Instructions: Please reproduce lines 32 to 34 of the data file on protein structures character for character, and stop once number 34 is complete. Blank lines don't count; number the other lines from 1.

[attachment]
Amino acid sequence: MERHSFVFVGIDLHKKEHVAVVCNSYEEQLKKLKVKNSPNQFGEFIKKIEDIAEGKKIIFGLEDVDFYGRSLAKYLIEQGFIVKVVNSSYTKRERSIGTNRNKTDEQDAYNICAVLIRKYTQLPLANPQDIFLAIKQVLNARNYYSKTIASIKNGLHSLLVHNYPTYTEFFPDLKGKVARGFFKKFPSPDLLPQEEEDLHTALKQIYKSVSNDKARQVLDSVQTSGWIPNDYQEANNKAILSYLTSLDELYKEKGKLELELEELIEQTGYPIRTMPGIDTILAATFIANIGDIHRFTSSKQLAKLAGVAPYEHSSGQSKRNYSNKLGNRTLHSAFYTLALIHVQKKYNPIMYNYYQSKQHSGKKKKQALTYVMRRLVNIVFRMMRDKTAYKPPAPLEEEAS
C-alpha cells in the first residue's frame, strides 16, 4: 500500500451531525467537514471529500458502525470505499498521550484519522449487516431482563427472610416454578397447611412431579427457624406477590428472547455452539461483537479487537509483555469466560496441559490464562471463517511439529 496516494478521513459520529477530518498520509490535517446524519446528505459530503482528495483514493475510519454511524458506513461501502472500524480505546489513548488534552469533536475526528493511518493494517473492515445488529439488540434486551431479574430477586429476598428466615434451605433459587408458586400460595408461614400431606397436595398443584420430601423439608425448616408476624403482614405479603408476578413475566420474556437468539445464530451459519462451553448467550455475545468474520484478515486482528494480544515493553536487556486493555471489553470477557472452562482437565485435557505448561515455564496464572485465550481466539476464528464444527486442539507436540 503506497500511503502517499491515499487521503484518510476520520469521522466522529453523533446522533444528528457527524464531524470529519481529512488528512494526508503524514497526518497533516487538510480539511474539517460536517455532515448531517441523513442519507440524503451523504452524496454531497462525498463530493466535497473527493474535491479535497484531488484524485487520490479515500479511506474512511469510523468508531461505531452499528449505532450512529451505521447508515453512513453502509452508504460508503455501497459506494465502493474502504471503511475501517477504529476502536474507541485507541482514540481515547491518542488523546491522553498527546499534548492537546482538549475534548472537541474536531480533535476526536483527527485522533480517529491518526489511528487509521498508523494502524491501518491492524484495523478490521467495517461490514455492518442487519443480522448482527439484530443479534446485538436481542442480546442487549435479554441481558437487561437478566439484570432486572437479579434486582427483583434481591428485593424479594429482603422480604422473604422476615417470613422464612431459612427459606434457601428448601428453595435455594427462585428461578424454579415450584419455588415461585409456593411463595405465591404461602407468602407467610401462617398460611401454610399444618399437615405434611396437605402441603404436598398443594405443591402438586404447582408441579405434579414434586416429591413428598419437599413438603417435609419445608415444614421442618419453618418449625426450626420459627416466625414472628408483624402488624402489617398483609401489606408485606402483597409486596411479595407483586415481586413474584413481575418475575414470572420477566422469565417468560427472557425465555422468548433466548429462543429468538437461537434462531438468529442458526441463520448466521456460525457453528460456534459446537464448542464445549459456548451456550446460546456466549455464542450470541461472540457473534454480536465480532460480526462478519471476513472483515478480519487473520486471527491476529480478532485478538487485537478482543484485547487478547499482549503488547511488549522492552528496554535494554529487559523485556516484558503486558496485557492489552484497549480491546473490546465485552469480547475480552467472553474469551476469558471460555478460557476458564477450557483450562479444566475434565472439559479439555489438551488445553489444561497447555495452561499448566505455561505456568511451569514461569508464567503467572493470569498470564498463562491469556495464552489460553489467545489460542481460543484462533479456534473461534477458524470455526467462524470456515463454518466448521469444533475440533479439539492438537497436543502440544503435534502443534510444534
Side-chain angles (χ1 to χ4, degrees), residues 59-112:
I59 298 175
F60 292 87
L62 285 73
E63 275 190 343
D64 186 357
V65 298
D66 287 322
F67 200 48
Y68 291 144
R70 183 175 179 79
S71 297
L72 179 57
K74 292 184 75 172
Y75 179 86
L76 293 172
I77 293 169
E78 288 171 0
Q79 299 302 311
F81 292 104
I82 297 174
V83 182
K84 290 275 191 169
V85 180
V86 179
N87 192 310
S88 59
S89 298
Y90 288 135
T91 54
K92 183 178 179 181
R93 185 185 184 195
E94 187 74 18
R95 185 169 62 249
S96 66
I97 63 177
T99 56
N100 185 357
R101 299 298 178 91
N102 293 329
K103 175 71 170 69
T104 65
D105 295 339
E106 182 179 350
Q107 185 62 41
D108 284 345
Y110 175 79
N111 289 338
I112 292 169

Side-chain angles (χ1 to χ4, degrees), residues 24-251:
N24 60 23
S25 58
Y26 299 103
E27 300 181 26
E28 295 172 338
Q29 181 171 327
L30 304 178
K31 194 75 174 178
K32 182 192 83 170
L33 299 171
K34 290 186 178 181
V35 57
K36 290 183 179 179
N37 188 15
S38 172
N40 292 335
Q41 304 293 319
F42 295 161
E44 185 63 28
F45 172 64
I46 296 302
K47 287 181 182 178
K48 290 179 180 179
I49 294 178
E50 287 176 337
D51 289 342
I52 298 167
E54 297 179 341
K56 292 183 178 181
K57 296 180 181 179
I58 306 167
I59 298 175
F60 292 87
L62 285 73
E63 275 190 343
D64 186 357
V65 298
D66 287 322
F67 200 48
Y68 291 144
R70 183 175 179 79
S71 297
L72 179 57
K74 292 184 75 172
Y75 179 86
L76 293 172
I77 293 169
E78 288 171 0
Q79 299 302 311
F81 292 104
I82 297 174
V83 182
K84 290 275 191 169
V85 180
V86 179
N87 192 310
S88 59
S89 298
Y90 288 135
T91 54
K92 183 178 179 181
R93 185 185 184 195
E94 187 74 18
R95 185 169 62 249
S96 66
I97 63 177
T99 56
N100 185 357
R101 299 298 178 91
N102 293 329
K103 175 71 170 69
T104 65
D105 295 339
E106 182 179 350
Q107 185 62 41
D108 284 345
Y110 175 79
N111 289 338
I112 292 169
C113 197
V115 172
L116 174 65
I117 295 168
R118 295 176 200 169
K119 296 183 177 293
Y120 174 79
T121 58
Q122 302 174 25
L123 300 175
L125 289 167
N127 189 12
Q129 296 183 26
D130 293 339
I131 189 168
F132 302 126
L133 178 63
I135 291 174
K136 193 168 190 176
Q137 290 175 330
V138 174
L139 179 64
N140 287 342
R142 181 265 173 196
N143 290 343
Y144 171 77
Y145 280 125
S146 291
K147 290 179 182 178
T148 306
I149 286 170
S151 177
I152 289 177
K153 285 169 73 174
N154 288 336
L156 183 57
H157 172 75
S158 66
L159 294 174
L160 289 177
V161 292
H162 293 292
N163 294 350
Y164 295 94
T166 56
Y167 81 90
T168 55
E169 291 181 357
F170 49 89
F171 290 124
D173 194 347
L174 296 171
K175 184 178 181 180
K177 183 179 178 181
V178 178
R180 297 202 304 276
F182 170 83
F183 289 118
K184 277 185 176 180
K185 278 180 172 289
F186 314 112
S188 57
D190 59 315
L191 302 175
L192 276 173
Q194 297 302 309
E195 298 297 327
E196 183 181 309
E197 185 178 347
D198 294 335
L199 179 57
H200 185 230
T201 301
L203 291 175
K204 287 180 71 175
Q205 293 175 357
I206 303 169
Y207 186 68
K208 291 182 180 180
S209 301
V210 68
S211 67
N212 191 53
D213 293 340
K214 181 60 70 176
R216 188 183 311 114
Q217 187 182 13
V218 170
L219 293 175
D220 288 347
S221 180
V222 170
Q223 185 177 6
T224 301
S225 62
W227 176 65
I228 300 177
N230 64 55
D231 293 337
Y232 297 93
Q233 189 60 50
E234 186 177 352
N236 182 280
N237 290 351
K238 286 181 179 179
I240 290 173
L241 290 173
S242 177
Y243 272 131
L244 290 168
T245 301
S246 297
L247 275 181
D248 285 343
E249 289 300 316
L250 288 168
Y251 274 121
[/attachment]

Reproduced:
T91 54
K92 183 178 179 181
R93 185 185 184 195